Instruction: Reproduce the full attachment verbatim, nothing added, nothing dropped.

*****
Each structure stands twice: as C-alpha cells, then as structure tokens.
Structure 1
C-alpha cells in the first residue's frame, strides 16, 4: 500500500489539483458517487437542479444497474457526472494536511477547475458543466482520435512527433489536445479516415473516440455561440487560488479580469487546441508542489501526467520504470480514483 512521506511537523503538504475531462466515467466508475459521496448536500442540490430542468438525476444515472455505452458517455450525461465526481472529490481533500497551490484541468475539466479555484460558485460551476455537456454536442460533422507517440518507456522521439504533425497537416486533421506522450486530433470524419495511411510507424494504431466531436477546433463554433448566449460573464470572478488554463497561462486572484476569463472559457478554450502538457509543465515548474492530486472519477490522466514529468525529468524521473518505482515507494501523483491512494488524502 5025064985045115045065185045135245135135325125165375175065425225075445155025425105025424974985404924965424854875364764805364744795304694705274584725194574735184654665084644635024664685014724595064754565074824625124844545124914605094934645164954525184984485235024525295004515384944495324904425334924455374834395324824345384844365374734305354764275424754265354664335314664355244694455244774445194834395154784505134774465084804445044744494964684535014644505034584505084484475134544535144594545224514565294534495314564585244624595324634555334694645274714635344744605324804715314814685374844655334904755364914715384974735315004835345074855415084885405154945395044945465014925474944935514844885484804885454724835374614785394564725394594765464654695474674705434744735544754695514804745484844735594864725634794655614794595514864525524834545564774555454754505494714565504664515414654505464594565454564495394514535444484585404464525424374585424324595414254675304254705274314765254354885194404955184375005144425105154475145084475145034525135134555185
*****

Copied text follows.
Each structure stands twice: as C-alpha cells, then as structure tokens.
Structure 1
C-alpha cells in the first residue's frame, strides 16, 4: 500500500489539483458517487437542479444497474457526472494536511477547475458543466482520435512527433489536445479516415473516440455561440487560488479580469487546441508542489501526467520504470480514483 512521506511537523503538504475531462466515467466508475459521496448536500442540490430542468438525476444515472455505452458517455450525461465526481472529490481533500497551490484541468475539466479555484460558485460551476455537456454536442460533422507517440518507456522521439504533425497537416486533421506522450486530433470524419495511411510507424494504431466531436477546433463554433448566449460573464470572478488554463497561462486572484476569463472559457478554450502538457509543465515548474492530486472519477490522466514529468525529468524521473518505482515507494501523483491512494488524502 5025064985045115045065185045135245135135325125165375175065425225075445155025425105025424974985404924965424854875364764805364744795304694705274584725194574735184654665084644635024664685014724595064754565074824625124844545124914605094934645164954525184984485235024525295004515384944495324904425334924455374834395324824345384844365374734305354764275424754265354664335314664355244694455244774445194834395154784505134774465084804445044744494964684535014644505034584505084484475134544535144594545224514565294534495314564585244624595324634555334694645274714635344744605324804715314814685374844655334904755364914715384974735315004835345074855415084885405154945395044945465014925474944935514844885484804885454724835374614785394564725394594765464654695474674705434744735544754695514804745484844735594864725634794655614794595514864525524834545564774555454754505494714565504664515414654505464594565454564495394514535444484585404464525424374585424324595414254675304254705274314765254354885194404955184375005144425105154475145084475145034525135134555185